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Are you ready for lenders’ new RTIs?

Most lenders have heeded the PRA’s new guidelines, which means brokers have a lot of work to do to get up to speed

Anyone who still thinks the new PRA ‘guidelines’ for interest cover ratios and stress tests are non-mandatory is deluded. Hence, most buy to let lenders have published new rent-to-interest calculations. The result is a minefield of information, which will play havoc with BTL sourcing systems.

Our technical support manager has made a spreadsheet of lender RTIs before and after the PRA guidelines, for both personal and limited company borrowers.

It shows that, post PRA, most mainstream BTL lenders have adopted a one-size-fits-all approach for landlords borrowing in a personal capacity, regardless of the individual’s tax bracket or the initial mortgage term.

The specialist lenders, and a few mainstream ones, have taken a more considered approach, offering different RTIs depending on tax code and initial product term. But while this will allow some landlords to borrow more personally against a specific property, they will have to provide more detailed information to prove they qualify for a lower RTI.

As an example, our lending brand, Keystone Property Finance, sets its standard RTI for products in the Classic Range for personal borrowers at 145 per cent at 5.5 per cent (or pay rate for five-year products) but will consider offering lower calculations to landlords who can show they are basic-rate taxpayers and likely to remain so.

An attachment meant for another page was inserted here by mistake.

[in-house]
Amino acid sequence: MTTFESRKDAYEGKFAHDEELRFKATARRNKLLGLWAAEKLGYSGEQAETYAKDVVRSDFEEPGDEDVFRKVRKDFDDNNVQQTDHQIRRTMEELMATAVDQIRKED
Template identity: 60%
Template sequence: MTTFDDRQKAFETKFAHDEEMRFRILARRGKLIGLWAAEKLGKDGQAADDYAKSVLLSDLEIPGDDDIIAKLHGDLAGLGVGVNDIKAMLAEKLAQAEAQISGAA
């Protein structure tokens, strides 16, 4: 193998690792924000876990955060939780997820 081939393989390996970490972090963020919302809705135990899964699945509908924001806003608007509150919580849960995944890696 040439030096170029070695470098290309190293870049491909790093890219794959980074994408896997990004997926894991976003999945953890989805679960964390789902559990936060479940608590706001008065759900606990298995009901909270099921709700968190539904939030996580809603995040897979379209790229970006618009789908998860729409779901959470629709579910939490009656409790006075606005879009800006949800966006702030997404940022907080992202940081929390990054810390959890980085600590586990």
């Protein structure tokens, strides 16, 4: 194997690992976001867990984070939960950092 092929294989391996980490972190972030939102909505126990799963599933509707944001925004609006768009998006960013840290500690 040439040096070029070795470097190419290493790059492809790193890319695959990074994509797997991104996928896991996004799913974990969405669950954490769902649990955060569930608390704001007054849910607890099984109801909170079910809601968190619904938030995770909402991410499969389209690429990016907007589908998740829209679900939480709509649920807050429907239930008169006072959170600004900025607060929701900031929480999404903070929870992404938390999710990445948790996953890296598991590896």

But Paragon has taken the route of creating differing RTIs for different tax bands and properties:

Basic-rate taxpayers/standard properties: 125 per cent at 4 per cent for five-year fixed rates; 125 per cent at pay rate + 2 per cent.
Basic-rate taxpayers/HMOs: 130 per cent at 4 per cent for five-year fixed rates; 140 per cent at product rate + 2 per cent.
Higher-rate taxpayers/standard properties: 140 per cent at 4 per cent for five-year fixes; 140 per cent at product rate + 2 per cent.
Higher-rate taxpayers/HMOs: 145 per cent at 4 per cent for five-year fixes; 145 per cent at product rate + 2 per cent.

I assume the stress tests of pay rate + 2 per cent will equate to a minimum of 5.5 per cent in order to comply with the PRA guidelines.

Most RTIs for limited company borrowers have changed little, except for an increased stress test of 5.5 per cent for an initial term below five years. And most mainstream lenders have no products for corporate borrowers, even though the market is going that way.

Whatever the borrowing vehicle, most lenders have heeded the guidelines, which means brokers have a lot of work to do in ensuring they know where to go as each deal arises.


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